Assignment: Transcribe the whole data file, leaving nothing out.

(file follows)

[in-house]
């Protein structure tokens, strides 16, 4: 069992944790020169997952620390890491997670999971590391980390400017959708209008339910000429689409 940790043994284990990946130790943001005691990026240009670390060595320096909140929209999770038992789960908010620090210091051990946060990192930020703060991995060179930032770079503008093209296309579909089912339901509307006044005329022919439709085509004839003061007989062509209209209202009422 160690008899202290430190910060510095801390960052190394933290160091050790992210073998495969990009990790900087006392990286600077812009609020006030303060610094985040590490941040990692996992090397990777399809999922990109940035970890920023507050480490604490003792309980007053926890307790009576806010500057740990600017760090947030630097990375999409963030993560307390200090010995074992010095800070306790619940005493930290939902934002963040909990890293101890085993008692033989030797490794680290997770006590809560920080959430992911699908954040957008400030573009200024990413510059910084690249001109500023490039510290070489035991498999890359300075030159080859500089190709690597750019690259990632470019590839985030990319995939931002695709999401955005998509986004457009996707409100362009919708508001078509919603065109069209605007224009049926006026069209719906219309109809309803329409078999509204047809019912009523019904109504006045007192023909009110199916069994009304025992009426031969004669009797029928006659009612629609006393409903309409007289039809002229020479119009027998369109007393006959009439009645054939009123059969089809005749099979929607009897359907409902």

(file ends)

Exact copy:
[in-house]
């Protein structure tokens, strides 16, 4: 069992944790020169997952620390890491997670999971590391980390400017959708209008339910000429689409 940790043994284990990946130790943001005691990026240009670390060595320096909140929209999770038992789960908010620090210091051990946060990192930020703060991995060179930032770079503008093209296309579909089912339901509307006044005329022919439709085509004839003061007989062509209209209202009422 160690008899202290430190910060510095801390960052190394933290160091050790992210073998495969990009990790900087006392990286600077812009609020006030303060610094985040590490941040990692996992090397990777399809999922990109940035970890920023507050480490604490003792309980007053926890307790009576806010500057740990600017760090947030630097990375999409963030993560307390200090010995074992010095800070306790619940005493930290939902934002963040909990890293101890085993008692033989030797490794680290997770006590809560920080959430992911699908954040957008400030573009200024990413510059910084690249001109500023490039510290070489035991498999890359300075030159080859500089190709690597750019690259990632470019590839985030990319995939931002695709999401955005998509986004457009996707409100362009919708508001078509919603065109069209605007224009049926006026069209719906219309109809309803329409078999509204047809019912009523019904109504006045007192023909009110199916069994009304025992009426031969004669009797029928006659009612629609006393409903309409007289039809002229020479119009027998369109007393006959009439009645054939009123059969089809005749099979929607009897359907409902």